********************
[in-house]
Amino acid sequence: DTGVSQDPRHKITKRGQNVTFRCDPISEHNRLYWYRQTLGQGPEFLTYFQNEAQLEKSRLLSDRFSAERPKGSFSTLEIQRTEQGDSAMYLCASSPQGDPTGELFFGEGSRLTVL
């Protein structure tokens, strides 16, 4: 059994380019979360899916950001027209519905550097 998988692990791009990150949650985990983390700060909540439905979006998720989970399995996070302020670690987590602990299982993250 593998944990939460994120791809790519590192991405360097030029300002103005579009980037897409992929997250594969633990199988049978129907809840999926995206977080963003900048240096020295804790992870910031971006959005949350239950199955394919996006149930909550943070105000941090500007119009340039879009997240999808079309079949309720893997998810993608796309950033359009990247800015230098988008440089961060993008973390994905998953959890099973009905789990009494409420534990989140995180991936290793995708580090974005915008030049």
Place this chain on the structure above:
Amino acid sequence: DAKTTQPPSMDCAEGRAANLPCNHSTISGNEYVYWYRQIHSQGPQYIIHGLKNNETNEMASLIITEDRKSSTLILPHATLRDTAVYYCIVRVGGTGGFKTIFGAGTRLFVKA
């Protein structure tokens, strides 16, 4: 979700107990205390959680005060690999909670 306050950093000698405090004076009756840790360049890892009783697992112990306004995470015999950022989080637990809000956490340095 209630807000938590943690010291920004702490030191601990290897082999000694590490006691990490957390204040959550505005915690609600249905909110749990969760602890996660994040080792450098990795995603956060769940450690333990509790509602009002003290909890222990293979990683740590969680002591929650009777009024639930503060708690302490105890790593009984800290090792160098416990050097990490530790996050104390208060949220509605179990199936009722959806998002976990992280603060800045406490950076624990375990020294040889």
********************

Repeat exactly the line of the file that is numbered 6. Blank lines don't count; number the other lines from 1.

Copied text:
């Protein structure tokens, strides 16, 4: 979700107990205390959680005060690999909670 306050950093000698405090004076009756840790360049890892009783697992112990306004995470015999950022989080637990809000956490340095 209630807000938590943690010291920004702490030191601990290897082999000694590490006691990490957390204040959550505005915690609600249905909110749990969760602890996660994040080792450098990795995603956060769940450690333990509790509602009002003290909890222990293979990683740590969680002591929650009777009024639930503060708690302490105890790593009984800290090792160098416990050097990490530790996050104390208060949220509605179990199936009722959806998002976990992280603060800045406490950076624990375990020294040889």